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Colorectal Cancer, Gastrointestinal Oncology
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Therapeutic Armamentarium in Metastatic Colorectal Cancer

Published Online: June 3rd 2011 European Oncology, 2009;5(1):64-8 DOI: https://doi.org/10.17925/EOH.2009.05.1.48
Authors: Josep Tabernero, Ben Markman, Teresa Macarulla
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Abstract
Colorectal cancer is one of the most frequently diagnosed malignancies in both men and women and, despite recent advances, the prognosis in the metastatic setting remains poor. In the last decade the introduction of new chemotherapeutic agents has improved the median overall survival of these patients. The demonstration that deregulation and/or activation of selected kinase proteins are common phenomena in patients with colon cancer has prompted the development of new biologic therapies targeting such proteins. Further, inhibition of the angiogenesis process can result in efficacy advantage. To date, three targeted therapies have been approved for the treatment of patients with metastatic colorectal cancer: bevacizumab, cetuximab and panitumumab. New treatments directed against other molecular targets are being developed in order to improve these results.

Keywords
Colon cancer, chemotherapy, bevacizumab, cetuximab, panitumumab, targeted therapies

Disclosure: Teresa Macarulla and Ben Markman have no conflicts of interest to declare. Josep Tabernero has participated in the advisory boards of Amgen, Imclone, Merck, MSD, Onyx, Pfizer, Pharmamar, Roche and sanofi-aventis, has been involved in symposia sponsored by Amgen, Bayer, Merck, MSD, Pfizer, Roche and sanofi-aventis and has provided expert testimony at the European Medicines Agency (EMEA) sponsored by Amgen.
Received: 7 July 2009 Accepted: 3 August 2009
Correspondence: Josep Tabernero, Medical Oncology Department, Vall d’Hebron University Hospital, P Vall d’Hebron, 119–129, 08035 Barcelona, Spain. E: jtabernero@vhio.net

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Colorectal cancer (CRC) remains one of the most common tumour types and a leading cause of cancer death worldwide. The American Cancer Society (ACS) estimates that 148,610 people were diagnosed with, and 55,170 people died of, CRC last year in the US.1 Despite these statistics, mortality from CRC has decreased over the past 30 years, possibly because of better treatment modalities. Until a few years ago, treatment options for CRC patients were limited to 5-fluorouracil (5FU). However, the introduction of two new cytotoxic drugs, irinotecan and oxaliplatin, has resulted in significant progress in the treatment of metastatic CRC (mCRC).2,3 Recently, three novel targeted agents have been approved for the treatment of mCRC: bevacizumab, cetuximab and panitumumab. As a consequence, the armamentarium of treatment options for patients with CRC is rapidly expanding. In spite of these advances, the prognosis for patients with mCRC remains poor, with a five-year survival rate less than 5%. Therefore, new strategies are needed to improve this prognosis. In this article we review the therapeutic options in mCRC.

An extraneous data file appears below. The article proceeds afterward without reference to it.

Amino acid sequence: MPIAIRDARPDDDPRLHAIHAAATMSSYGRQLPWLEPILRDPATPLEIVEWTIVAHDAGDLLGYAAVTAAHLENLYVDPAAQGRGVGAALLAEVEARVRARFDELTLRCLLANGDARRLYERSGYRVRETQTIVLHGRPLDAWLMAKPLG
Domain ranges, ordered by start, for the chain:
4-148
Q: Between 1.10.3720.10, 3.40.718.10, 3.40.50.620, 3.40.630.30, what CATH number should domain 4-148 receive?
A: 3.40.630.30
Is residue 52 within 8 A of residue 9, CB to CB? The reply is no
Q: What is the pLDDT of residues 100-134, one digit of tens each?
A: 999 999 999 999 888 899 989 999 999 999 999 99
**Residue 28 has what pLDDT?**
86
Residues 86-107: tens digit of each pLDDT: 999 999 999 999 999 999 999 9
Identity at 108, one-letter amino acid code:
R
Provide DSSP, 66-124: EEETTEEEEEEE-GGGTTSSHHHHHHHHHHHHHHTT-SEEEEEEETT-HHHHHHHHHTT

The Chemotherapy Era
Until a few years ago, 5FU and 5FU in combination with leucovorin (LV) were the treatment options for patients with CRC. Some clinical trials evaluated different schedules and doses of these two drugs, infusional schedules of 5FU and combinations with LV being the most attractive regimens. Nevertheless, the median overall survival (mOS) remained around 12 months.4 Saltz et al.2 demonstrated in a phase III trial with 628 patients that the addition of irinotecan to bolus 5FU/LV (IFL) increased the mOS from 12.6 to 14.8 months (p=0.04). Another study, conducted by Douillard et al. (with an infusional 5FU/LV regimen),5 confirmed this data. The results of these two prospective phase III randomised, controlled, multicentre, multinational clinical trials in patients with previously untreated mCRC served as the basis for US and European approval of irinotecan/5FU/LV for this indication. At the same time, de Gramont et al.3 published the results of a phase III trial which concluded that the combination of infusional FU/LV and oxaliplatin (FOLFOX) prolonged progression-free survival (PFS) (median 9 months versus 6.2 months; p=0.0003) with acceptable tolerability. However, this combination failed to demonstrate a statistically significant increase in OS (median 16.2 months versus 14.7 months; p=0.12). For this reason the FOLFOX regimen was only approved in Europe as first-line treatment in mCRC. With the results of the Goldberg trial in 2004,6 oxaliplatin was approved in the US for the treatment of mCRC. In this study, 795 patients with mCRC were randomised to receive IFL, FOLFOX or irinotecan and oxaliplatin (IROX). The results of the FOLFOX group were significantly superior to the IFL and IROX groups. At that time, two 5FU-based infusional regimens with oxaliplatin (FOLFOX) or irinotecan (FOLFIRI) became the most popular schedules used worldwide for the treatment of patients with mCRC.

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